The Lord said, “I will never leave you nor forsake you.”
~ Joshua 1:5
For nearly six years of my life I pastored a church that predominately served the homeless in a part of Houston that had a large number of homeless teens and young adults. The average age of the congregation was 27. Many of the members struggled with addiction, mental illness, or issues at home that brought them to the streets to seek a different life.
I quickly learned that providing options was essentially the mission of the church. Many of these folks often felt abandoned, especially by God. I quickly understood why. Each of them carried stories of shame, hurt, loss, and often, pain.
I would spend hours on the street, under bridges, at soup kitchens, and some places that were often very dark, where shadows would retreat during the light of day.
Some days I even found myself feeling abandoned while seeking help from others, and trying to share their stories in a way that would cause people to see these folks and try to make a difference.
One evening one of the kids said, "Since you can't take me to your meetings, then at least take my shadow."
I bought a roll of paper, and for the next three months I would exchange a bus token for the chance to draw the person's outline onto the paper, taking note of their birth name, their street name, how many years they lived on the street, and what caused them to be homeless.
I took a roll of shadows to Portland one summer during the General Assembly of my faith tradition and rolled out 167 shadows onto the assembly floor and watched.
I soon discovered that the folks at the assembly reacted to the shadows the same way that people reacted to the actual people on the street.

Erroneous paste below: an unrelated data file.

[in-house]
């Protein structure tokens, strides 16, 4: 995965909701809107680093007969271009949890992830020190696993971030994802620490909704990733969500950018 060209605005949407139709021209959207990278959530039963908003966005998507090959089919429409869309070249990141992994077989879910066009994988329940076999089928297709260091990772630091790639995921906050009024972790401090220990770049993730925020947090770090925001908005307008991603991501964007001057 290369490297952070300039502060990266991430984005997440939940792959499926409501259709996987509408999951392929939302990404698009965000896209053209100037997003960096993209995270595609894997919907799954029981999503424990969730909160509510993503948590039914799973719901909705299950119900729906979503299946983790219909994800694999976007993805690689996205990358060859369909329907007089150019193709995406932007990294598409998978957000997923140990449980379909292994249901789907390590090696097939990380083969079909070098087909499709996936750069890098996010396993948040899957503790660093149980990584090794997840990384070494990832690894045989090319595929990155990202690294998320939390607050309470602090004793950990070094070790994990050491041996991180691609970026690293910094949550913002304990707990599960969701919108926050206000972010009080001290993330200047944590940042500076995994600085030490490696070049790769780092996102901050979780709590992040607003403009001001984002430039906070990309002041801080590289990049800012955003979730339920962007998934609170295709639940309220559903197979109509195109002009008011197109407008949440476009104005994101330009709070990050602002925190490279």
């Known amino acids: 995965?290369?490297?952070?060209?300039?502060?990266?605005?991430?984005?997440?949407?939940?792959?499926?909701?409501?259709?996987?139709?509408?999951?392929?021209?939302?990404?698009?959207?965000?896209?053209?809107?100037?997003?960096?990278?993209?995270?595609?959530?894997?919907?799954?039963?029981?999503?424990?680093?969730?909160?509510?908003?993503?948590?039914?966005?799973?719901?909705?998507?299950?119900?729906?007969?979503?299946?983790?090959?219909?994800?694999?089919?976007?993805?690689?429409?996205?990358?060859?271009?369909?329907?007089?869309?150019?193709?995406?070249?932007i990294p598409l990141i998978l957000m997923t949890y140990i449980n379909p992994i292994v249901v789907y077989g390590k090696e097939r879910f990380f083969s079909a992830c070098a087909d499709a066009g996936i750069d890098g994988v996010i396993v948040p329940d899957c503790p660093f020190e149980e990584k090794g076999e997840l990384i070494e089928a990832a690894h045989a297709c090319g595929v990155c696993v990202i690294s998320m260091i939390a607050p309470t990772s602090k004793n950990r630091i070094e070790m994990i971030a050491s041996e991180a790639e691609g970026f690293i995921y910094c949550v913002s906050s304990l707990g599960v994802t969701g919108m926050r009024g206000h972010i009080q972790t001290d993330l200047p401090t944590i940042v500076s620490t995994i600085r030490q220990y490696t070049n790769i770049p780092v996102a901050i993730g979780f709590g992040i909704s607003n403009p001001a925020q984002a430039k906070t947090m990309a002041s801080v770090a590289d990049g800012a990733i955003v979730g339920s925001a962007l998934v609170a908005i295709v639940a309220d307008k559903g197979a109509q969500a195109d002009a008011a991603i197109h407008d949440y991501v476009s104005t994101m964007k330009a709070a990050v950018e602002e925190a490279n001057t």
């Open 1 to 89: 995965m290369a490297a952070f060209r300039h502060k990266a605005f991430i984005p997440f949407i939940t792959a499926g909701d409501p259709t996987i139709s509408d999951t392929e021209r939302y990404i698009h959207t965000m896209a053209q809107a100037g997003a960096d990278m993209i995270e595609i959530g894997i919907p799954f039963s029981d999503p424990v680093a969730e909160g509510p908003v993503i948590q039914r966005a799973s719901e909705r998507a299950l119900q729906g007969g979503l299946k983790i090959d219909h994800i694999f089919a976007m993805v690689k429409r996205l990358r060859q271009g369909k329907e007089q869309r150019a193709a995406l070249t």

Some people stopped, read the information, and stood there. Some didn't notice them and walked right over them. Some would turn away, realizing what they were, and go a different direction.
To me, it was a powerful witness to what these folks experience each day. I left the assembly feeling many things, but mostly, a determination to make a difference.
About two years later, after the shadows had made journeys from one end of the country to another, and they were beginning to resemble the actual people that were torn and tattered, one of the kids asked me, "So, are you tired of exploiting those of us in the shadows, and are you ready to simply stop and hold our hands?"
I hadn't realized that my effort to bring awareness of others to the problem facing those living the life in the shadows was overwhelming my ability to be present for those I had been called to care for. While I thought I was doing what was best for the faith community, they were feeling abandoned again by another person. I was being reminded that they knew that God was present, but that I also needed to be reminded that I was being asked to be present as well.
While Joshua was being reminded that God would be with him as he took the Hebrew people into the Promised Land, our need to hear these words are still needed today, in all kinds of circumstances.
For people both living in the shadows and the light. For daily life experiences, no matter how mundane. There is the need for each of us as we begin each day to hear that God will be with us, as well as, at the end as we seek rest.
Even when we may feel as if we are only a shadow, God is still with us.
Stay in God's grip!
G. Todd Williams (c) 2018
Rev. G. Todd Williams lives in the Houston metro area and is a Hospice Chaplain at Essential Hospice, Webster, Texas, and is an ordained Christian Church (Disciples of Christ) pastor.